When Mark Davis began to gently awaken, he shivered as he remembered the horrifying dream he’d just had. He was completely paralyzed on his right side, and taking each breath was a challenge for him. He was glad to be rid of it as he considered getting up and heading to work, except for the fact that he was unable to move due to the injury.
He “Overheard” The Dire Prognosis As Well As Fought Back
It wasn’t a dream in the least. He was lying in a hospital bed, with a breathing tube inserted into his windpipe. Lisa, his wife, was there in the room. Nurses and a doctor were also present. The doctor informed Lisa that her spouse had locked-in syndrome as a result of a series of strokes, which Mark overheard. In July of this year, Mark became aware of a problem. As he was trapshooting in a rural region of Tennessee, he began to feel dizzy and weak, to the point that he feared he would pass out.
He had never been one to see a doctor before, but he was scared enough to seek treatment from a general practitioner. He was given migraine medicine to alleviate his symptoms. When he realized that the medication was not working, he sought an appointment with a neurologist. That visit, on the other hand, was scheduled for six weeks later, on October 30. Mark was feeling weak and sick on the evening of October 29. His gaze moved to the left and remained there. He needed to tilt his head to the right in order to walk straight. He summoned Lisa.
A CT scan performed at the hospital revealed that Mark had had a stroke. He was given clot-busting medicine and then transported to a bigger hospital in the neighboring city of Nashville for more specialist medical attention. During the ambulance journey, Mark had a second stroke and could not move his right side anymore. He had a third stroke while at the emergency department, which paralyzed his diaphragm and caused him to cease breathing.
Doctors informed Lisa that Mark had had a series of brain stem strokes, with lesser strokes most likely occurring earlier in his life. The brain stem is in charge of all of the fundamental functions of the central nervous system, including consciousness, blood pressure, respiration, and motor control, among others. Doctors also said that she might have to make a decision on whether or not to remove him off the ventilator. Mark wasn’t much better. A twitch on the left side of Mark and Lisa’s left thumb was detected by one of their three children three days later. She was overjoyed and dialed 911 to get a doctor.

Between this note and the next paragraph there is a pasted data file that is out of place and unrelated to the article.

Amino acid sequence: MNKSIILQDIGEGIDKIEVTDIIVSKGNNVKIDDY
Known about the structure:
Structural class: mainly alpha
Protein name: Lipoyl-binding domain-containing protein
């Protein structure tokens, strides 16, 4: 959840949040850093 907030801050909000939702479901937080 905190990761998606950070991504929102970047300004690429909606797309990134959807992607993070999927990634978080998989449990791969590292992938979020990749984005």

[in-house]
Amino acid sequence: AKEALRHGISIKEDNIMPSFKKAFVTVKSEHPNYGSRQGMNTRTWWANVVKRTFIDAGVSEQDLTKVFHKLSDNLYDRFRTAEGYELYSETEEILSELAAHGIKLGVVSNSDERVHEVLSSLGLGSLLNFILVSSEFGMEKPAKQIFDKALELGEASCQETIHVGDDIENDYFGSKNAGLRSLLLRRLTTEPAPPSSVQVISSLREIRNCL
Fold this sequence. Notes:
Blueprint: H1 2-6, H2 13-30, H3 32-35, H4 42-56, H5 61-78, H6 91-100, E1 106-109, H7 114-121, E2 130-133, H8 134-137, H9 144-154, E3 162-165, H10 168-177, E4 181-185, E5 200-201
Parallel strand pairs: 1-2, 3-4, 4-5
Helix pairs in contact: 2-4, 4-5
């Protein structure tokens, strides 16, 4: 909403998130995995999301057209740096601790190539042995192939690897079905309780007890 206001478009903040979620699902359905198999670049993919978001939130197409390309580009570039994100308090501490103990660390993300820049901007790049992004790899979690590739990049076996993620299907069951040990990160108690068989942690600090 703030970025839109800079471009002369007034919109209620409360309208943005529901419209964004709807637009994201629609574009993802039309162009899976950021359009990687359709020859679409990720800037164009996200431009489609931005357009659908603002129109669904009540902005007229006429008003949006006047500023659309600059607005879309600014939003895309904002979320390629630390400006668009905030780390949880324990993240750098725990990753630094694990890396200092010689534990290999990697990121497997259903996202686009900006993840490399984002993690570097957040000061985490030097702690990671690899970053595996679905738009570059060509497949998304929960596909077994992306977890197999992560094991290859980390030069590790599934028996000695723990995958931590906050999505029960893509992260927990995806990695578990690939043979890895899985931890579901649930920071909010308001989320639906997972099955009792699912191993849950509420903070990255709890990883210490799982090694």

Last but not least, Mark thought. Someone is paying attention. He despised the fact that they spoke as if he couldn’t hear what they were saying. His family placed a sign on his hospital door that said, “We love you.” “This is a negative free zone. Please limit your discussions to just positive topics.” In Mark’s opinion, this was the most important factor in his rehabilitation.
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The pair were in the waiting room when Dr. Antoinne Able came in, and Mark gave him a half thumbs-up. During Mark’s recovery, the couple celebrated numerous milestones, but Lisa’s favorite was when she overheard him refer to her as “Sweet Pea,” which is his nickname for her. One of Mark’s most remarkable experiences occurred when he was being taught how to move from one location to another using a slide board. Eventually, he stood up, much to the surprise of everyone (including himself). After being discharged from the hospital on December 31, he walked several steps on his own, using a walker, before reaching his vehicle. After returning home, Mark continued to attend outpatient rehabilitation on a daily basis, where he worked on improving his speech, walking, coordination, and strength.
With over 15 years as a practicing journalist, Nikki Attkisson found herself at Powdersville Post now after working at several other publications. She is an award-winning journalist with an entrepreneurial spirit and worked as a journalist covering technology, innovation, environmental issues, politics, health etc. Nikki Attkisson has also worked on product development, content strategy, and editorial management for numerous media companies. She began her career at local news stations and worked as a reporter in national newspapers.